Economy of Benin
Benin is considered to be a developing nation. The developmental stage of a nation is determined by a number of factors including, but not limited to, economic prosperity, life expectancy, income equality, and quality of life. As a developing nation, Benin may not be able to offer consistent social services to its citizens. These social services may include things like public education, reliable healthcare, and law enforcement. Citizens of developing nations may have lower life expectancies than citizens of developed nations. Each year, Benin exports around $1.11 billion and imports roughly $1.84 billion. 2.5% of population in the country are unemployed. The total number of unemployed people in Benin is 287,142. In Benin, 36% of the population lives below the poverty line. The percentage of citizens living below the poverty line in Benin is fairly high, but is not reason for complete concern with regard to investments. Potential financial backers should look at other economic markers, including GDP, urbanization rate, and strength of currency, before making any decisions regarding investments. Government expenditure on education is 3.5% of GDP. The Gini Index of the country is 36.5. Benin is experiencing good equality. The majority of citizens in Benin fall within a narrow range of income, although some cases may show significant differences. Benin has a Human Development Index (HDI) of 0.476. Benin has a lower medium HDI score. This indicates that the majority of citizens will struggle to attain a desirable life due to flawed economic and social systems. The Global Peace Index (GPI) for Benin is 1.958. Due to strong law enforcement presence and high social responsibility, Benin is very safe by international standards. The strength of legal rights index for Benin is 6. Overall, it is considered to be rather adequate - bancrupcy and collateral laws are able to protect the rights of borrowers and lenders at least decently; credit information is msotly sufficient and generally available.
The currency of Benin is West African CFA Franc. The plural form of the word West African CFA Franc is CFA francs. The symbol used for this currency is Fr, and it is abbreviated as XOF. The West African CFA Franc is divided into Centime; there are 100 in one CFA Franc.
According to the S&P credit-rating agency, Benin has a credit rating score of B, and the prospects of this rating are stable. According to the Fitch credit-rating agency, Benin has a credit rating score of B, and the prospects of this rating are stable.
In Benin, the institution that manages the state's currency, money supply, and interest rates is called Central Bank of West African States. Locally, the central bank of Benin is called Banque Centrale des États de l'Afrique de l'Ouest, BCEAO. The average deposit interest rate offered by local banks in Benin is 3.5%.
Benin has a government debt of 30% of the country's Gross Domestic Product (GDP), as assessed in 2012.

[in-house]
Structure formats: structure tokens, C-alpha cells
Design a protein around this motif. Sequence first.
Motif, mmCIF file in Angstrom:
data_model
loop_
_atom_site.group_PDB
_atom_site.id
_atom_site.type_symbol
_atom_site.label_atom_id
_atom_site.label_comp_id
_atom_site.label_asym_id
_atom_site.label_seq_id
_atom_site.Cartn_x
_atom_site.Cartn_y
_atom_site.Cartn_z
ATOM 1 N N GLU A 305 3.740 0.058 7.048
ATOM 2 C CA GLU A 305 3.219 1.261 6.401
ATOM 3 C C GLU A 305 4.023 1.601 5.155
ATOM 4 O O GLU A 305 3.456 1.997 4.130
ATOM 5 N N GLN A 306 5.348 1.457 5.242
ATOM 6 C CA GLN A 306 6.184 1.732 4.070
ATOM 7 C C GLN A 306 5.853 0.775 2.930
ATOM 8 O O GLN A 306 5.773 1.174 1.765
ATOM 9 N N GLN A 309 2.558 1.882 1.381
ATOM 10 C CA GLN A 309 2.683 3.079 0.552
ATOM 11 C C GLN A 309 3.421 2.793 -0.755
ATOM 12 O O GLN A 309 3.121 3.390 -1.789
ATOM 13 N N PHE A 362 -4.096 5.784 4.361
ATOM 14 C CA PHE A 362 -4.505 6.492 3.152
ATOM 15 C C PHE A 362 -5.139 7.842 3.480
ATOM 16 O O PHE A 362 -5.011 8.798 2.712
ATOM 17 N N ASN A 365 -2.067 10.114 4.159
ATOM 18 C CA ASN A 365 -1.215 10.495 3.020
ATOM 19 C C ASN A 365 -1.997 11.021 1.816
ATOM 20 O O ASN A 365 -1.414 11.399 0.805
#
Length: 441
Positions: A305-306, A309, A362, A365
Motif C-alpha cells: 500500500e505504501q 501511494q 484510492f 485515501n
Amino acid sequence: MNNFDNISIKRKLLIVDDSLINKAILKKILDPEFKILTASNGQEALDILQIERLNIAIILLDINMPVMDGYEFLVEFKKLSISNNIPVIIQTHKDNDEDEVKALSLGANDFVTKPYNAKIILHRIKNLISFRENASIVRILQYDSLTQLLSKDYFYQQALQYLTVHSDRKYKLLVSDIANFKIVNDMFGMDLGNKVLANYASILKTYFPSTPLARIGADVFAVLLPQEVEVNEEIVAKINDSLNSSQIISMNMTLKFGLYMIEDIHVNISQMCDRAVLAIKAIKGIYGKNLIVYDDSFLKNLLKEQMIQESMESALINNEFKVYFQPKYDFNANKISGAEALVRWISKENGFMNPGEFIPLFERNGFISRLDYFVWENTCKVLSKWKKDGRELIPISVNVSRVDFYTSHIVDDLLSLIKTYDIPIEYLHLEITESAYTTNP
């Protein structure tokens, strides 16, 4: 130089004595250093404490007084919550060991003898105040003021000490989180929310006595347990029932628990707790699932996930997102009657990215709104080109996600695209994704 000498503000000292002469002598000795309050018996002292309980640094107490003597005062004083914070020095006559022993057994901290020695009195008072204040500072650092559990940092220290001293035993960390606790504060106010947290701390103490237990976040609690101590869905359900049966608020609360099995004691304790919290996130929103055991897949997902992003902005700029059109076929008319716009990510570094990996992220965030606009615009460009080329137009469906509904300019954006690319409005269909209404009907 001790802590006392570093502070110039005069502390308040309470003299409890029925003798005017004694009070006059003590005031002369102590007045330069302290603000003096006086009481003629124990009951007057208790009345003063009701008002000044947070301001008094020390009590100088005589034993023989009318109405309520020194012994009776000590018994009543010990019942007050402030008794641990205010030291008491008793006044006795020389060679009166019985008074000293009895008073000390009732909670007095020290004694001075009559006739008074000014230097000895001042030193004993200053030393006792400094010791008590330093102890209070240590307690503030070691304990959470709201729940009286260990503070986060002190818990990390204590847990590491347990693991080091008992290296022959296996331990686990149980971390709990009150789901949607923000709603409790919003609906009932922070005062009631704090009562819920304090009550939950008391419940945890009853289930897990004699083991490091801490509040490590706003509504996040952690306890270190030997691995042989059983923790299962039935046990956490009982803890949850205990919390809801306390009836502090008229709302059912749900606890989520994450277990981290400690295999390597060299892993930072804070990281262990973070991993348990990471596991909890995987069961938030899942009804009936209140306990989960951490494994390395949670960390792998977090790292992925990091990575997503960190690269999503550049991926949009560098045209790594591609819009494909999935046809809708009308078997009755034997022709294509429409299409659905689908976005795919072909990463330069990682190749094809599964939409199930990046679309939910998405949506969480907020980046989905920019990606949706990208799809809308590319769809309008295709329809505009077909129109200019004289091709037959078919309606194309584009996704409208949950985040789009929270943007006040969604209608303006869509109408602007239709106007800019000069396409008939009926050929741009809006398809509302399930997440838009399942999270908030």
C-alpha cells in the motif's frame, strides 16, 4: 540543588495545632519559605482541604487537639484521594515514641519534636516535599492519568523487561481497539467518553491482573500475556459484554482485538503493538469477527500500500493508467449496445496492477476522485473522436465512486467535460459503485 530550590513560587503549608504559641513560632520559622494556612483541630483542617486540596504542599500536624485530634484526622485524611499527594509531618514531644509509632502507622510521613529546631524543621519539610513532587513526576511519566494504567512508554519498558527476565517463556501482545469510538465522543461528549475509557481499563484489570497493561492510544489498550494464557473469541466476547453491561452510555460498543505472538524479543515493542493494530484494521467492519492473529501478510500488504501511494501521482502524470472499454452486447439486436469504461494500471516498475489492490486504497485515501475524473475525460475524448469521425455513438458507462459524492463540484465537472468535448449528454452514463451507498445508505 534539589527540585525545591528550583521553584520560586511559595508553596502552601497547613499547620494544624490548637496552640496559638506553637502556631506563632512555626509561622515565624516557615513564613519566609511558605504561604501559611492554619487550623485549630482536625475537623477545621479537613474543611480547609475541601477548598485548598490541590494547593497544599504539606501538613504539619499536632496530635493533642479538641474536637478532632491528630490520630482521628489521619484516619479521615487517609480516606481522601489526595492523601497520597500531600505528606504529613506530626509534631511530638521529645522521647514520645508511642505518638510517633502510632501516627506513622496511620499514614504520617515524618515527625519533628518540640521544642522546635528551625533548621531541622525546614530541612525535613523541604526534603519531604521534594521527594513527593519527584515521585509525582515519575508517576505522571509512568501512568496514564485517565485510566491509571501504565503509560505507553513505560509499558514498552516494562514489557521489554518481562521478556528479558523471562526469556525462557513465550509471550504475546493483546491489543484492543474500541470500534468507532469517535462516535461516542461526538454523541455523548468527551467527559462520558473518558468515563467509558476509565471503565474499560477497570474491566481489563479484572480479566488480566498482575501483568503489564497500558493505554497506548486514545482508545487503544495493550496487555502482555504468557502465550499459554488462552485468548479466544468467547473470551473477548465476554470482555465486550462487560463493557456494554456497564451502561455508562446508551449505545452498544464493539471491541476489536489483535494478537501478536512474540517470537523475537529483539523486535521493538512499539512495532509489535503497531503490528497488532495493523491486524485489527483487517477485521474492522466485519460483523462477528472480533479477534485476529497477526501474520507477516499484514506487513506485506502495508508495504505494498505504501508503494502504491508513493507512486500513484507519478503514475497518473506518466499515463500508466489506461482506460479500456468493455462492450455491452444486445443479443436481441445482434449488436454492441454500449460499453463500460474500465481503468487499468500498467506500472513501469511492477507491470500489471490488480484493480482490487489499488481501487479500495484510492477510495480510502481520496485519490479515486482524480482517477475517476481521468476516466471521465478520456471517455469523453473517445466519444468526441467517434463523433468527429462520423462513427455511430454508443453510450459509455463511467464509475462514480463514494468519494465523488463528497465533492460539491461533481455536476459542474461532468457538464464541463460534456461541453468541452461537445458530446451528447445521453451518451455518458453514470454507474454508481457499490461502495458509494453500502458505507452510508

The corporate tax in Benin is set at 35%. Personal income tax ranges from 10% to 35%, depending on your specific situation and income level. VAT in Benin is 18%.
The total Gross Domestic Product (GDP) assessed as Purchasing Power Parity (PPP) in Benin is $19862 billion. The Gross Domestic Product (GDP) assessed as Purchasing Power Parity (PPP) per capita in Benin was last recorded at $2 million. PPP in Benin is considered to be below average when compared to other countries. Below average PPP indicates that citizens in this country find it difficult to purchase local goods. Local goods can include food, shelter, clothing, health care, personal care, essential furnishings, transportation and communication, laundry, and various types of insurance. Countries with below average PPP are dangerous locations for investments. The total Gross Domestic Product (GDP) in Benin is 8,307 billion. Based on this statistic, Benin is considered to have a medium economy. Countries with medium economies support an average number of industries and opportunities for investment. It should not be too difficult to find worthwhile investment opportunities in medium economies. The Gross Domestic Product (GDP) per capita in Benin was last recorded at $1 million. The average citizen in Benin has very low wealth. Countries with very low wealth per capita often have lower life expectancies and dramatically lower quality of living among citizens. It can be very difficult to find highly skilled workers in countries with very low wealth, as it is difficult for citizens to obtain the requisite education needed for specialized industries. However, labor can be found for very low rates when compared with countries with higher wealth per capita. GDP Annual Growth Rate in Benin averaged 5.5% in 2014. According to this percentage, Benin is currently experiencing significant growth. Countries that are experiencing significant growth offer the best chance for a substantial return on investment, as GDP growth rate is the most important indicator of economic health. As GDP grows, business, jobs, and personal income grow as well. To read more about financial information click on finances of Benin.
Major industries in the country are textiles, food processing, construction materials, cement. The total labor force of Benin is 4,542,250 people, wherein 2.5% of population in the country are unemployed. The total number of unemployed people in Benin is 287,142. The Industrial Production growth rate of Benin is 3%.To read more about industrial information within Benin click on industry of Benin.
There are 26029 km2 of arable land in Benin, and it comprises 23% of the country's total territory. There are 28651 km2 of cultivated land in Benin. The country's major agricultural crops and products are cotton, corn, cassava, yams, beans, palm oil, peanuts, cashews, livestock.To read more about agriculture click on agriculture of Benin.